What is the connection between Buddhism, Yoga and Mindfulness?
Mindfulness is an ancient practice with its origins rooted in Taoism, Hinduism and Buddhism. Moreover, Trousselard et al. 2014 said: “It is important to include that some commentators argue that the history of mindfulness should not be reduced to Buddhism and Hinduism, as mindfulness also has roots in Judaism, Christianity, and Islam”.
Hindu tradition has a range of meditation that involves mindfulness and yoga practices; likewise Taoism which is a Chinese doctrine that advocates “energy of work” and harmony between human beings and the environment, also includes various taoist mindfulness practices.
The origins of mindfulness practice can be tracked back to Buddhism origins more than 2,500 years ago, evidence are in the Theravada Buddhist Sect which is one of the oldest form of Buddhism. The latter teaches us that life is suffering and first seeks to bring our focus inward and then to direct our awareness away from ourselves. The Buddha taught three overarching purposes of mindfulness:
1) Knowing the mind,
2) Training the mind,
3) Freeing the mind.
In fact, Right Mindfulness is part of the Noble Eightfold Path of Buddhism which is a path to purification that enables to attain enlightenment.
Yoga means “unity” or “oneness” and is derived from the Sanskrit word yuj, which means “to join”. In spiritual terms the union is described as the union of the individual consciousness with universal consciousness. However, on a more practical level, yoga is a practice that helps balancing and harmonising the body, mind and emotions and many yoga practices include mindfulness (as also suggested by Swami Satyananda Saraswati in his book: “Asana Pranayama Mudra Bandha”).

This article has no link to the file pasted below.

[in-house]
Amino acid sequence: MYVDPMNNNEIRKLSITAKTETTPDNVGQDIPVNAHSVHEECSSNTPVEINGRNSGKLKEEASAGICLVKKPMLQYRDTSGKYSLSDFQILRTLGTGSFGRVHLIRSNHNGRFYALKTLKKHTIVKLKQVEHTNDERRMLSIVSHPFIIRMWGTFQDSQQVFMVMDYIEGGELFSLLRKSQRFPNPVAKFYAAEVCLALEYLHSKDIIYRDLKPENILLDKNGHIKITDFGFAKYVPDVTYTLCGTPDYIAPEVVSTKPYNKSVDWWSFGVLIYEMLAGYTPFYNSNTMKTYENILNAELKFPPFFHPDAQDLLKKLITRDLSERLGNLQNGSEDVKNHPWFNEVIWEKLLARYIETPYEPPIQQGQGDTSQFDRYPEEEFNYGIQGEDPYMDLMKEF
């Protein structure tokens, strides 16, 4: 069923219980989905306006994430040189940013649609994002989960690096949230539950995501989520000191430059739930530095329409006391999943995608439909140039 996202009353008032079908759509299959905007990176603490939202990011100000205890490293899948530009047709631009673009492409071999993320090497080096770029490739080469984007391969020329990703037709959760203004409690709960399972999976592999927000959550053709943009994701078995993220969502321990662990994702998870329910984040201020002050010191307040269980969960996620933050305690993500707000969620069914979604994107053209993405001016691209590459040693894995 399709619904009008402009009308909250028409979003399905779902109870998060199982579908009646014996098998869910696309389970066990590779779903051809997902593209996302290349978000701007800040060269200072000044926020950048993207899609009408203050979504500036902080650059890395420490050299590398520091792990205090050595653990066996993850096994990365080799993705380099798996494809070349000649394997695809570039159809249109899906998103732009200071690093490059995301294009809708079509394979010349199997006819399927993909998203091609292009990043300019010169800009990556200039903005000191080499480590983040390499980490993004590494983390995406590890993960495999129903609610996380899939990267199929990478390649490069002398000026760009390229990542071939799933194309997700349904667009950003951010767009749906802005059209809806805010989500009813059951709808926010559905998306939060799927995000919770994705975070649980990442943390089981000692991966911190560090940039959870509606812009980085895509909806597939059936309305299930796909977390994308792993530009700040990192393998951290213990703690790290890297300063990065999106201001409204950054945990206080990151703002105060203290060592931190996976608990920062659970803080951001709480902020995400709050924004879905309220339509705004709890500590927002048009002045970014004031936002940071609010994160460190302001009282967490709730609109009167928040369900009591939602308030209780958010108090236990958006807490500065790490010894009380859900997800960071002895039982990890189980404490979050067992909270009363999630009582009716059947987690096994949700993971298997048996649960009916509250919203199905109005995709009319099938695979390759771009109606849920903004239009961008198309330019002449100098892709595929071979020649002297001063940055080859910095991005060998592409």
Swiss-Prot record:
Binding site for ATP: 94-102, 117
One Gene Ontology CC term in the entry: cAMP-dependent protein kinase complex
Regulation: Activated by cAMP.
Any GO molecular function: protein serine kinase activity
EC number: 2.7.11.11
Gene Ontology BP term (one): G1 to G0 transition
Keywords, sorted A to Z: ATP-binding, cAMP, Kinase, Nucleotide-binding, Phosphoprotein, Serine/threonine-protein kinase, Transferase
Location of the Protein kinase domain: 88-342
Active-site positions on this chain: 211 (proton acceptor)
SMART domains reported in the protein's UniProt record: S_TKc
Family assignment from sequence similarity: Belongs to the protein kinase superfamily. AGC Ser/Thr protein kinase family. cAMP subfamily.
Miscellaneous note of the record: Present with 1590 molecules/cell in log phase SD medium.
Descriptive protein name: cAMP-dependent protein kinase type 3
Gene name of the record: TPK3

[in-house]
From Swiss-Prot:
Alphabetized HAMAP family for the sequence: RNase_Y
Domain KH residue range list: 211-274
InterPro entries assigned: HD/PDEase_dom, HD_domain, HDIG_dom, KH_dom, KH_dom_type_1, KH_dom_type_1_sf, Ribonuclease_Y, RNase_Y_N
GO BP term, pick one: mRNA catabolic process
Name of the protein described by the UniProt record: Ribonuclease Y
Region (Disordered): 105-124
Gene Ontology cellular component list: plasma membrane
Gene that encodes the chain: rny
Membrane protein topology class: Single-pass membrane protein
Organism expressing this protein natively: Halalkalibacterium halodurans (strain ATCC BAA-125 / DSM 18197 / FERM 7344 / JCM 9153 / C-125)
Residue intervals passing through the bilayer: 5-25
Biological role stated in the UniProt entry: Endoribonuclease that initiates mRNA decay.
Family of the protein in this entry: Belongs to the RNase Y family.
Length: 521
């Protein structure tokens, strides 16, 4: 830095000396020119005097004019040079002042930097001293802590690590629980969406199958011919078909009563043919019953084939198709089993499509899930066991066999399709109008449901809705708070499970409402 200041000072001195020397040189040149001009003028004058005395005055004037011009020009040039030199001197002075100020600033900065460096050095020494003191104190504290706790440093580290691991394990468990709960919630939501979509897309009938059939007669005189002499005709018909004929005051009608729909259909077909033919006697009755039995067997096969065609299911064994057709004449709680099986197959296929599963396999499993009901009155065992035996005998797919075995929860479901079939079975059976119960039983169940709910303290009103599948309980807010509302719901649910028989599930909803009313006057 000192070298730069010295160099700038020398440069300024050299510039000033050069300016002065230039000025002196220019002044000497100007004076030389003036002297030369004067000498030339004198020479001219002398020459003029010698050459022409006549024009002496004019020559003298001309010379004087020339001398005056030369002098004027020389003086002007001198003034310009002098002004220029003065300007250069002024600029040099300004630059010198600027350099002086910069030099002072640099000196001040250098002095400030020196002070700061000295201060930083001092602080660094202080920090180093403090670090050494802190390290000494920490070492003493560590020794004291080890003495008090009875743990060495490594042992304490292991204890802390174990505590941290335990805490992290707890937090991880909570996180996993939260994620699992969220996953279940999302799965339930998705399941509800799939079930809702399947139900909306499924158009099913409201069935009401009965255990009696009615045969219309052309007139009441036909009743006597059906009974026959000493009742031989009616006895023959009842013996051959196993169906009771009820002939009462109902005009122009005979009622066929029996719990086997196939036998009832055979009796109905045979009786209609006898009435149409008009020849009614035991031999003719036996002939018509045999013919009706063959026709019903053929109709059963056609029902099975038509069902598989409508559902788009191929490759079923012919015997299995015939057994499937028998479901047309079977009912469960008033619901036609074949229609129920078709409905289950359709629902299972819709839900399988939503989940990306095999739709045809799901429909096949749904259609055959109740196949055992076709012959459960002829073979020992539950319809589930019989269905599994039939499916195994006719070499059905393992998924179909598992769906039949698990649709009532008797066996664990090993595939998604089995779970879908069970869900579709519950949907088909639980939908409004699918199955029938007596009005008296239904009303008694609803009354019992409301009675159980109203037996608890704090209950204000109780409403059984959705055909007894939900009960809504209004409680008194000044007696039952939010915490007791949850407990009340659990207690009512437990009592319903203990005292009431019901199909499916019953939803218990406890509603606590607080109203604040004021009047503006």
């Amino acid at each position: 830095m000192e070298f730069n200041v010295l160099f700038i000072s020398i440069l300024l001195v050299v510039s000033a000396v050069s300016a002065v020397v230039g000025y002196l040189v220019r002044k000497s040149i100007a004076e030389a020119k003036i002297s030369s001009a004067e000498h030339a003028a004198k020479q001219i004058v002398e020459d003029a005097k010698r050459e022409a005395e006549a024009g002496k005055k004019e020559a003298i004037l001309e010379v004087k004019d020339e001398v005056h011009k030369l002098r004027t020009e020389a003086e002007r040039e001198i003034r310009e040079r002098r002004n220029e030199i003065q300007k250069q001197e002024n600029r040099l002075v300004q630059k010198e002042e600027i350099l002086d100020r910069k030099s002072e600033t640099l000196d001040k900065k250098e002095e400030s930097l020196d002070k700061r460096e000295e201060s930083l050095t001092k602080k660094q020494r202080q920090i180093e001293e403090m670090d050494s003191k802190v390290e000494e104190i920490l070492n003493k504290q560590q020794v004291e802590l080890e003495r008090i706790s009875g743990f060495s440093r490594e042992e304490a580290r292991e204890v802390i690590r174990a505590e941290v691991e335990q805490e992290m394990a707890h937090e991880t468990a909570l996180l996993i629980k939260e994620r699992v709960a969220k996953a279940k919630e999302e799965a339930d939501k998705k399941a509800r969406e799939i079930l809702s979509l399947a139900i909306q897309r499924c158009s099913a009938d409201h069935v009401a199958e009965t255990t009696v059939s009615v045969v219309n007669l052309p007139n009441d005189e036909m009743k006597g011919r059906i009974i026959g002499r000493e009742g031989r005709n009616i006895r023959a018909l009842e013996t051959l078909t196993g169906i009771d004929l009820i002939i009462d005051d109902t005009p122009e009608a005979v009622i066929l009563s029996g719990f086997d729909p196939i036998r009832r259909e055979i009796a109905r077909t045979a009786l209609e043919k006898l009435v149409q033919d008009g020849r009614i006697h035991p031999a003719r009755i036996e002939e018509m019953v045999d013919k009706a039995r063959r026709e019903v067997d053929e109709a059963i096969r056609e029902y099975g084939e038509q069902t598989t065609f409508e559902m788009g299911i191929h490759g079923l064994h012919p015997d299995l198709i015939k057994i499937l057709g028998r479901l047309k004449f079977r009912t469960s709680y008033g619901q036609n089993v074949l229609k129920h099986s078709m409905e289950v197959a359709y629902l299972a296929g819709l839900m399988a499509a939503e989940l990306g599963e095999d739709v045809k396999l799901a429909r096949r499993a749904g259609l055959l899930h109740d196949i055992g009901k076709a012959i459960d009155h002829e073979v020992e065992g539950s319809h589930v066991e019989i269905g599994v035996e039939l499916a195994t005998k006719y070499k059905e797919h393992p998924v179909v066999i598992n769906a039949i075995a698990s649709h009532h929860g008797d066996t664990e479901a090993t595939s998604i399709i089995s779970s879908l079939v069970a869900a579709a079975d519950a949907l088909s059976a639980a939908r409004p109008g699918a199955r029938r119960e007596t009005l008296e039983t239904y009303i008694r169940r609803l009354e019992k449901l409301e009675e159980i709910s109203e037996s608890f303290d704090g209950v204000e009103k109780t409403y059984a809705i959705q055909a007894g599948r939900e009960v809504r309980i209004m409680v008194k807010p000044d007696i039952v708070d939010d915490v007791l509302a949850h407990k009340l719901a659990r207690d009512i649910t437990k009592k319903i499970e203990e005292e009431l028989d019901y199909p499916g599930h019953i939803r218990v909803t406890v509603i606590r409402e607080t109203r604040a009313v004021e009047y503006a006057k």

Buddhism, Meditation, and Yoga are very closely intertwined and can be used to complement one another. Yoga or meditation can be practiced without “subscribing” to the philosophy of Buddhism; however, by practicing either of the two, many parts of the philosophy of Buddhism are also exercised.
In my opinion the main connection between the three is the focus on helping the individual to become more aware, awake and conscious, finding happiness and peace in every moment, which in spirituality can be seen as a path towards enlightenment.